On a pilgrimage to Rome in 855, Ethelwulf married (2) Judith of Bavaria, the 12 year old daughter of Charles II., the Bald, King of the West Franks and his wife, Ermentrude. See the genealogical details elsewhere in Royalty of France in Vol. I. When Ethelwulf returned home it is said that he made his son, Ethelbald, King of Wessex, and retained Kent for his own rule. He died January 13, 857, and was buried at Stamridge, his body later being removed to Winchester. Ethelwulf was succeeded by each of his four sons in turn, the fourth and youngest of whom was Alfred.
Alfred the Great died in 911, Lady Alswitha died in 918.
By the second marriage, he and his wife, Elfrida,
had a son as follows:
Ethelred married in 1002 (2) Emma of Normandy,
"The Flower of Normandy", daughter of Richard I., Duke
of Normandy, and sister of Richard II., Duke of Normandy. See
his lineage elsewhere in Volume I. This marriage was one of the
first that joined the Anglo-Saxon lines to the French. They had
children as follows:
Emma married (2) Canute the Great (Cnut) I,
son of Swein Forkbeard, the Dane, who died in 1016. Canute reigned
over England from 1016 to 1035, and died in 1014. They had Harthacnut
(Cnut II), King of England from 1040 to 1042, after his half brother,
Harold I, who ruled from 1037 to 1040. Canute (Cnut) had a first
marriage to Aelfgifu (Elgifrig) of Northampton (Mercia). From
that marriage there were two sons: Swein, King of Norway, who
died 1036, and Harold I., King of England (1035-1040).
[Note: Homer Beers James, compiler of these
records, in about 1971 appeared in the play "Ceremony of
Innocence," based on the events and life of King Ethelred,
at the First Unitarian Church in Pittsburgh, PA., unaware at the
time that he was a direct relative.]
In addition to these legitimate births, Henry
is reported to have had nineteen or twenty illegitimate children,
the highest number of spurious offspring for a King of England
to have acknowledged. The best known of them all is Robert the
Consul, Earl of Gloucester, father of Maud, wife of Ranulph de
Meschines, 2nd Earl of Chester. Another was Reginald, a natural
son from a relationship between Henry I. of England and his mistress,
Elizabeth Beaumont, daughter of Robert de Beaumont, Count of Meulent
and Earl of Leicester, (son of Roger de Beaumont and his wife,
Adelina, Countess of Meulent) and his wife Elizabeth Vermandois,
younger daughter of Hugh Magnus, the Great, of France, Count of
Vermandois. Reginald, married Beatrix, daughter of William Fitz
Richard, a potent lord in Cornwall. They had a daughter, Matilda,
who married Robert, Count of Meulent, son of Waleran II., Count
of Meulent, who married Agnes de Montfort. Waleran II. was a
son of the aforementioned Robert Beaumont, and his wife, Elizabeth
Vermandois. Robert and Matilda had two children: Waleran III.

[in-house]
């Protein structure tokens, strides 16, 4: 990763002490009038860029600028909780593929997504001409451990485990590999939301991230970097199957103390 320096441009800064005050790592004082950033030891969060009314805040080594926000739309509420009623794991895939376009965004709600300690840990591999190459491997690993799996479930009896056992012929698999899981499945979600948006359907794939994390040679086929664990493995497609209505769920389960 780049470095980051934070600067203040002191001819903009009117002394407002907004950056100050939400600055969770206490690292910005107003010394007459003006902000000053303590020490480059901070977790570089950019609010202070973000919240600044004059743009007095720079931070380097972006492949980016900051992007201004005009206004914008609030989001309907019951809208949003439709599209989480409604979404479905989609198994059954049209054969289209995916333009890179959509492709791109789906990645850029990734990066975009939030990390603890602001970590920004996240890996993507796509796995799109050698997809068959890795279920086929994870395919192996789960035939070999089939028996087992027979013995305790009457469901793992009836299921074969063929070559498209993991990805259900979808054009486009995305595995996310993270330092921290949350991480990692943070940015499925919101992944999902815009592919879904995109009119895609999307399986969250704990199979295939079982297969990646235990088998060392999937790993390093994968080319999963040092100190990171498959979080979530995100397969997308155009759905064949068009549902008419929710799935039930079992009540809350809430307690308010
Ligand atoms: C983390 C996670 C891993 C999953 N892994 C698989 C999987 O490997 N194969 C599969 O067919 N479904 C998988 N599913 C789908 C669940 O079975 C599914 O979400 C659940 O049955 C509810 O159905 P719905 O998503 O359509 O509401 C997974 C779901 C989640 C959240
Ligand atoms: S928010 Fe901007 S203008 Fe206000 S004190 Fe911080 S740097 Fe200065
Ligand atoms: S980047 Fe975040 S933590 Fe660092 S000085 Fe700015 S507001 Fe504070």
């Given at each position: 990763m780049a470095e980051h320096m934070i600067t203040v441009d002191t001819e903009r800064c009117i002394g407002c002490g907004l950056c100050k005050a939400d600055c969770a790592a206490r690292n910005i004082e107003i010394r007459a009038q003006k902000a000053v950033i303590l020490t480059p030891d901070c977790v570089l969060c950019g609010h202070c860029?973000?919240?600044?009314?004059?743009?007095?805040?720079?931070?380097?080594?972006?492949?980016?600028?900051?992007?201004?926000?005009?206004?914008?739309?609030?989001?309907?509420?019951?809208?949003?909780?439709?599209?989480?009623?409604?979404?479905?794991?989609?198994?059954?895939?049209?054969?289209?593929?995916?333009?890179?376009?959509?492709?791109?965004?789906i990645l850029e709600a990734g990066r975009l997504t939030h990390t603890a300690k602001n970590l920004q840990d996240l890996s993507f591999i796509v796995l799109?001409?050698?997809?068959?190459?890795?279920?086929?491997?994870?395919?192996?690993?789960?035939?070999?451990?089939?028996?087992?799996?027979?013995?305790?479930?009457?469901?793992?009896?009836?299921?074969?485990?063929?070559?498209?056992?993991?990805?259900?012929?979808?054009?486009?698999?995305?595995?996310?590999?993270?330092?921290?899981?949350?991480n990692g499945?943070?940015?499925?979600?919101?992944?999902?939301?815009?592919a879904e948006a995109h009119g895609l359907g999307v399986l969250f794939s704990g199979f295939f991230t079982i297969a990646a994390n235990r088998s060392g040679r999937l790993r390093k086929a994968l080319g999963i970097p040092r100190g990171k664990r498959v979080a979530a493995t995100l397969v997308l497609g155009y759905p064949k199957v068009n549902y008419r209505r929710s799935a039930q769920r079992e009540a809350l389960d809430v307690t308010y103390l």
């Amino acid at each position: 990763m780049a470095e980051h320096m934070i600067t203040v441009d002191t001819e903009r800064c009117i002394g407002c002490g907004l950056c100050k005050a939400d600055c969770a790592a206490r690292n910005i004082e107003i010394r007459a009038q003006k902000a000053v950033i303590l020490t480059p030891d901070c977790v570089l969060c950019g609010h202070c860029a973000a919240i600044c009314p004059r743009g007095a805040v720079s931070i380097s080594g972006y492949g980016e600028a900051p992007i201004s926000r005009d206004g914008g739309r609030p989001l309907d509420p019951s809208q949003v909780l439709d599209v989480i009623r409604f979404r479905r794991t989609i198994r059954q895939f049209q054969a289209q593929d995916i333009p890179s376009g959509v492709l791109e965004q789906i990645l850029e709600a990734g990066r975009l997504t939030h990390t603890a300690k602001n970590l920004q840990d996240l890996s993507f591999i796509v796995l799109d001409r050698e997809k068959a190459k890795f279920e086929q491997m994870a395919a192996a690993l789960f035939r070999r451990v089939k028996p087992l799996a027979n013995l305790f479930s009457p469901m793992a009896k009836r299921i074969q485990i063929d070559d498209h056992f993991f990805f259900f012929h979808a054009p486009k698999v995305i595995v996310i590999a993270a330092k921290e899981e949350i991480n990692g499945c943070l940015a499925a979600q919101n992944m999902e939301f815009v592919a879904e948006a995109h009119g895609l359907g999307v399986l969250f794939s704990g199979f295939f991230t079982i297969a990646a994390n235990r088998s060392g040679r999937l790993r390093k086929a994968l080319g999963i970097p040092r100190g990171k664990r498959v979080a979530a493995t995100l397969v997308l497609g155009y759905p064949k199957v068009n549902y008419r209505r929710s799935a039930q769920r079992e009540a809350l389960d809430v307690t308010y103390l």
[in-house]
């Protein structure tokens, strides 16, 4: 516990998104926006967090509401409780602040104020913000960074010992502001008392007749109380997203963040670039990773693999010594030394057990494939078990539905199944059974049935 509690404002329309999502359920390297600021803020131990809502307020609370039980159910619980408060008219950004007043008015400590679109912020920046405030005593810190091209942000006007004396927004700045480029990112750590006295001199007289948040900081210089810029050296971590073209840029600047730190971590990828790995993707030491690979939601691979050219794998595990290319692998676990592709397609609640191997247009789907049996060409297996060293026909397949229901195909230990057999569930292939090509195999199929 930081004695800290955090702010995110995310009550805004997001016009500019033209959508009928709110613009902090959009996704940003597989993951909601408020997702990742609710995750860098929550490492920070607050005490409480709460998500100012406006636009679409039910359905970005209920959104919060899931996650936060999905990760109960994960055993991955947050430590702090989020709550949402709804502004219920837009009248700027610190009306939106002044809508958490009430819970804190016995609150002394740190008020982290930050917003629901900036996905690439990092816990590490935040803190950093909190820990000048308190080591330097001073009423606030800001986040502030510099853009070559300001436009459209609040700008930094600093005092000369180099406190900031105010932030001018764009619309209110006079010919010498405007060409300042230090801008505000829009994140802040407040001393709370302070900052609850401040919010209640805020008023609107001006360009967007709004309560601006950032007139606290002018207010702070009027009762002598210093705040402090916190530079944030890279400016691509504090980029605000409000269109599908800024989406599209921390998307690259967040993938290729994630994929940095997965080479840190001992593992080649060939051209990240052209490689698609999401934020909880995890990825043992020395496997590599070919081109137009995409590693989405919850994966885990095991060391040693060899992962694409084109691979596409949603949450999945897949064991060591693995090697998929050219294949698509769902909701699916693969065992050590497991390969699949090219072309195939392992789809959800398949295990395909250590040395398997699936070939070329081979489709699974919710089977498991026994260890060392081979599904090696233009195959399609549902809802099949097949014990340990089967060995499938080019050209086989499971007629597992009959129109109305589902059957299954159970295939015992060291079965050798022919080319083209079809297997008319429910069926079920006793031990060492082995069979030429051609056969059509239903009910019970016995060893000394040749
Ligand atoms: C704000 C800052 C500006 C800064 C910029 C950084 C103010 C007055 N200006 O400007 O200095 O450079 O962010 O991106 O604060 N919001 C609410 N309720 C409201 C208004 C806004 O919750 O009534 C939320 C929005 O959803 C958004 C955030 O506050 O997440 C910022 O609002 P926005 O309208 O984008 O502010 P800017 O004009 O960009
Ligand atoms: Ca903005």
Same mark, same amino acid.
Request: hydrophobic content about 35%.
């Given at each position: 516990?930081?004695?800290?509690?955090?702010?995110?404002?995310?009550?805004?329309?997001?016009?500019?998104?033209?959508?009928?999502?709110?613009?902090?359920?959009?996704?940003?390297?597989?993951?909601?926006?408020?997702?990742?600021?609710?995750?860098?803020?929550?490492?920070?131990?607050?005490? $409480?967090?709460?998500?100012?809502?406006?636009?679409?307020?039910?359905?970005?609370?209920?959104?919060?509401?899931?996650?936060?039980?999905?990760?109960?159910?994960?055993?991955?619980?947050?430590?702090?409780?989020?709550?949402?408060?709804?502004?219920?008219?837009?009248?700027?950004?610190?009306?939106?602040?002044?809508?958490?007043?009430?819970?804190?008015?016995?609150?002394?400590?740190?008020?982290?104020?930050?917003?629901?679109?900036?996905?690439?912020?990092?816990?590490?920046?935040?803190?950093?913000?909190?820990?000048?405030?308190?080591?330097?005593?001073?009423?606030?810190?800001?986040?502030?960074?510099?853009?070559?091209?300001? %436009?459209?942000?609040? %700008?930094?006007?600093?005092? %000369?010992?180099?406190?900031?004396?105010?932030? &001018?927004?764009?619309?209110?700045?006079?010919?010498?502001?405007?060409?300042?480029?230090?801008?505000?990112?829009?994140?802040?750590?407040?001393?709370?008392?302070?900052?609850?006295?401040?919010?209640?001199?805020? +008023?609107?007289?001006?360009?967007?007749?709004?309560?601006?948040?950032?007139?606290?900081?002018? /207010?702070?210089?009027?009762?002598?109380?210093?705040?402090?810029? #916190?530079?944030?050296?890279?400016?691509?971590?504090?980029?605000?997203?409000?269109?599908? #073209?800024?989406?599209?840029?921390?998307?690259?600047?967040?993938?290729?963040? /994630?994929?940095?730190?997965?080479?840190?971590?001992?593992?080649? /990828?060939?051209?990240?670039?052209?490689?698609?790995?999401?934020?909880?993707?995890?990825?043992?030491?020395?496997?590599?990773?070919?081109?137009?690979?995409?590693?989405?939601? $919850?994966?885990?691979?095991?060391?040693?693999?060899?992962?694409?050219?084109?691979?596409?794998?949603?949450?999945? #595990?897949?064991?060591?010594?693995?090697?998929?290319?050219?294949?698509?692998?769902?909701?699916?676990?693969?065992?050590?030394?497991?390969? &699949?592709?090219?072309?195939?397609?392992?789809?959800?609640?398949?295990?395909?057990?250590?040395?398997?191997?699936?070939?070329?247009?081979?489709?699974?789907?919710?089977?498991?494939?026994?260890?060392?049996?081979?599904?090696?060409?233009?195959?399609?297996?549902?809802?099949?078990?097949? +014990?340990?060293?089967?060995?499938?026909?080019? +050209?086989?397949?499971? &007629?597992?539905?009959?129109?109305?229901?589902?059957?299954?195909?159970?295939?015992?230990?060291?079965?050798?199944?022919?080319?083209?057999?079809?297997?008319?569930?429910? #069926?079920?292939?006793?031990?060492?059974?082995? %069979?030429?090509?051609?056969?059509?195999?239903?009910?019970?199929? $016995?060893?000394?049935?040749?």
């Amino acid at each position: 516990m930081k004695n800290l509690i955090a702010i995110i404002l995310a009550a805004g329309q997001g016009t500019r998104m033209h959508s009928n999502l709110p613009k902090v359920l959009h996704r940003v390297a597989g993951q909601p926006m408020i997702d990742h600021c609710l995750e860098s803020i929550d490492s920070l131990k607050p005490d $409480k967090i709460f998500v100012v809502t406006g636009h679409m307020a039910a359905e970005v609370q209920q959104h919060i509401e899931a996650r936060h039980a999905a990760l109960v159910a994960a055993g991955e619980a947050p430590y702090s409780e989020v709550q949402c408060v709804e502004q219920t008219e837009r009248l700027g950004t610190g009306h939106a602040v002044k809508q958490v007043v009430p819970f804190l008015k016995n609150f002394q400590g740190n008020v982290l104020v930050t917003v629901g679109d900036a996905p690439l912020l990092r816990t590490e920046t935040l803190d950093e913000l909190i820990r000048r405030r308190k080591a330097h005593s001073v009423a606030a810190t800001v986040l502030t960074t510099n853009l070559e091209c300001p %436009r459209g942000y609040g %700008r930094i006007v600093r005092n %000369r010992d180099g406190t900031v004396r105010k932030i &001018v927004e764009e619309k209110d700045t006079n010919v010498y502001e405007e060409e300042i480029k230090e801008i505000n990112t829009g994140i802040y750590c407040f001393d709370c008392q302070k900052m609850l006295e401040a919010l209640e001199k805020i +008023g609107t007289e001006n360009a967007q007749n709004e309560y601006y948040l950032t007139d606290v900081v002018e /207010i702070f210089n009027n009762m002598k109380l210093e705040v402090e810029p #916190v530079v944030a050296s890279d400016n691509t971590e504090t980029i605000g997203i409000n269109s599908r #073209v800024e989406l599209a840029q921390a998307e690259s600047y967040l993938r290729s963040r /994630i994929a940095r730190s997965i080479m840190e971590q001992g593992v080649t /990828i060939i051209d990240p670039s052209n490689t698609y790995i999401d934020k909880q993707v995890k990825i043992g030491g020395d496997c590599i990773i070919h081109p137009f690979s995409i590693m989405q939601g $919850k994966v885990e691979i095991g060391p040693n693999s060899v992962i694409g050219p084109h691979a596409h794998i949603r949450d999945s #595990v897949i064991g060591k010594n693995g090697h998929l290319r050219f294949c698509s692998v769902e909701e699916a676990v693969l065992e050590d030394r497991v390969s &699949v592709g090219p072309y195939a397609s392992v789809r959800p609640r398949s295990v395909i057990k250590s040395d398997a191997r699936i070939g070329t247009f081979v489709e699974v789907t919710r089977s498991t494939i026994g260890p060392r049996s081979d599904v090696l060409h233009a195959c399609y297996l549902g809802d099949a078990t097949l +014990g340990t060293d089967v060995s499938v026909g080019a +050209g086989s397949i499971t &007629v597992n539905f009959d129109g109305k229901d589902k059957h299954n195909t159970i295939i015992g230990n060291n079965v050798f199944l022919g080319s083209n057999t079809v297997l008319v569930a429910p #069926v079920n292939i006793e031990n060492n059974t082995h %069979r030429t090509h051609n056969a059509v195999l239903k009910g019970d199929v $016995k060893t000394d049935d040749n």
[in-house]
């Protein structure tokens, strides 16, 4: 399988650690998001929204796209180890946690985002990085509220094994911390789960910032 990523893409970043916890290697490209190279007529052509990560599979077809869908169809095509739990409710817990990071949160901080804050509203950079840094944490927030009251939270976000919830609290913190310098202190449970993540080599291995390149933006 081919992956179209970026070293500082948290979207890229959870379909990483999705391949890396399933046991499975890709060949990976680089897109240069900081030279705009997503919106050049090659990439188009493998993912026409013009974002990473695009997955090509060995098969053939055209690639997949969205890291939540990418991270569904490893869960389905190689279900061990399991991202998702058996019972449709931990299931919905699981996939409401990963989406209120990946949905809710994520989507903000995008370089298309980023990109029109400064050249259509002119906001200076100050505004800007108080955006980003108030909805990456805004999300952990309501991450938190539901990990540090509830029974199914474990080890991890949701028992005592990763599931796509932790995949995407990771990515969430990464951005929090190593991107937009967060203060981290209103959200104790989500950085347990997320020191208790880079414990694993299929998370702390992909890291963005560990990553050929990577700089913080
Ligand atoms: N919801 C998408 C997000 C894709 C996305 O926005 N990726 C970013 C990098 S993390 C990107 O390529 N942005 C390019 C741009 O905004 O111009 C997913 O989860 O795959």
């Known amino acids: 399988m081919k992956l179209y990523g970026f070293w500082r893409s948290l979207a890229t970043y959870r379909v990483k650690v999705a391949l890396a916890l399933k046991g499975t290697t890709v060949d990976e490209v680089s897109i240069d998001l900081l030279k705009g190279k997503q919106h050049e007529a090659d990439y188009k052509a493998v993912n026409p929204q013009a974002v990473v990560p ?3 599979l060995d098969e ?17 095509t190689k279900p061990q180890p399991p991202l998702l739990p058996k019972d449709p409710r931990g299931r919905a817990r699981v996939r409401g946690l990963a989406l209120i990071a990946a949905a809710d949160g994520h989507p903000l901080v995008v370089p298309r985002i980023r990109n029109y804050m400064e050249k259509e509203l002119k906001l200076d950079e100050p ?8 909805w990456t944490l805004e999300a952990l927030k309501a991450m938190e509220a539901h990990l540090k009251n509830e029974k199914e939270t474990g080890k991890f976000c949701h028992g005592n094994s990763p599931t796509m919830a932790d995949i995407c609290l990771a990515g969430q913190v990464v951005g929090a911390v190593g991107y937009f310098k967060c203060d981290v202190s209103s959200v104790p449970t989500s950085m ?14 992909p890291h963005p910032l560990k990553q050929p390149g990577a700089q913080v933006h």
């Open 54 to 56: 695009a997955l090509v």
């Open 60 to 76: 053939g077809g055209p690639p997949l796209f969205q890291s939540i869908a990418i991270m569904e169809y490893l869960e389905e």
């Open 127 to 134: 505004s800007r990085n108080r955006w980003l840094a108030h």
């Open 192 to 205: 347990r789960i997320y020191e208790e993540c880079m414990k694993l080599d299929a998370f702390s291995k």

and Mabel de Beaumont, who married William de Vernon, Earl of
Devon, who had three children: Baldwin, Mary Vernon and Joan.
Their descendants are not identified.
Henry I. also married (2) Adeliza of Lorraine, daughter of Geoffrey Barbatus, Duke of Lorraine and Count of Barbant. Adeliza of Lorraine, upon the death of Henry I., married (2) William de Albini. See the continuation of that lineage under the Albini Line in Volume II.
It is through Geoffrey that the Plantaganet line from France was brought into the British royalty (see the lineage of the Counts of Anjou elsewhere). He died in 1151. After Geoffrey's death Matilda lived in Normandy, charitable and respected. Matilda died in 1167. Geoffrey was succeeded by his eldest son, Henry.
Henry also had a natural son by Rosamund Clifford (?), William
Longsword (Longespee), who became Earl of Salisbury by marrying
the Countess Ela, then aged twelve (1198). He was a councilor
of John and commanded the English part of the army which Philip
Augustus of France defeated at Bouvines (1214). He supported
King John at Runnymede (1215), fought for Henry III. at Lincoln
and Sandwich (1217), and served with Hubert de Burgh as "ruler
of the King and kingdom" (1222). He died in March, 1226.
In 1188, while Henry II. was engaged in a war with Philip of France,
Richard joined the French King; and in 1189, Henry having lost
Le Mans and the chief castles of Maine, agreed to a treaty of
peace granting an indemnity to the followers of Richard. The
sight of his favorite son John in the list broke his heart; and
he died at Chinon, on July 6, 1189. On the whole, Henry was an
able and enlightened sovereign, a clear-headed, unprincipled politician,
and an able general; his reign was one of great legal reforms.
At its height, Henry's power had been greater than that of any
other European ruler and his position was comparable to that of
such Holy Roman Emperors as Charlemagne and Frederick Barbarossa.
Eleanor died in 1202. Henry was succeeded by his surviving son,
"sportively brandishing swords in
front of the English troops, while they were lost in amazement
at his gambols, slew one of their standard-bearers. A second
time one of the enemy fell. The third time he was slain himself."
On the other hand Wace says that Taillefer
called to Duke William,
"A boon, sire. I have long served
you and you owe me for all such service. Today, so please you,
you shall repay it. I ask as my guerdon and beseech you for it
earnestly that you will allow me to strike the first blow in the
To which the Duke replied, "I grant it."
Then Taillefer put his horse to a gallop, charging before all
Isabella was the mother of all his legal children,
she was only 12-years of age when she was married. She married
(2) Hugh X. of Lusignan, by whom she had the following children:
Henry, Count of La Manche; William of Valence, died in 1269, father
of Aymer de Valence, Earl of Pembroke (1307-1324); Guy of Valence:
Geoffrey of Lusignan; Aymer, Bishop of Winchester, died in 1280;
and Alice le Brun, who married John de Warenne. Isabella died
King John, who reigned as King of England
from 1199 to 1216, traveled extensively in England, as few of
his predecessors had done, often dealing with mundane financial
and legal matters. He reluctantly signed the Magna Charta, permitting
basic rights to the barons and landowners, a landmark document
in the history of western civilization. [Editor's Note: Of interest
from a genealogical standpoint is the fact that the majority of
barons opposed to King John all became common ancestors as the
royal family and the baronial families intermarried in the following
several generations. The specific baronial families who had signers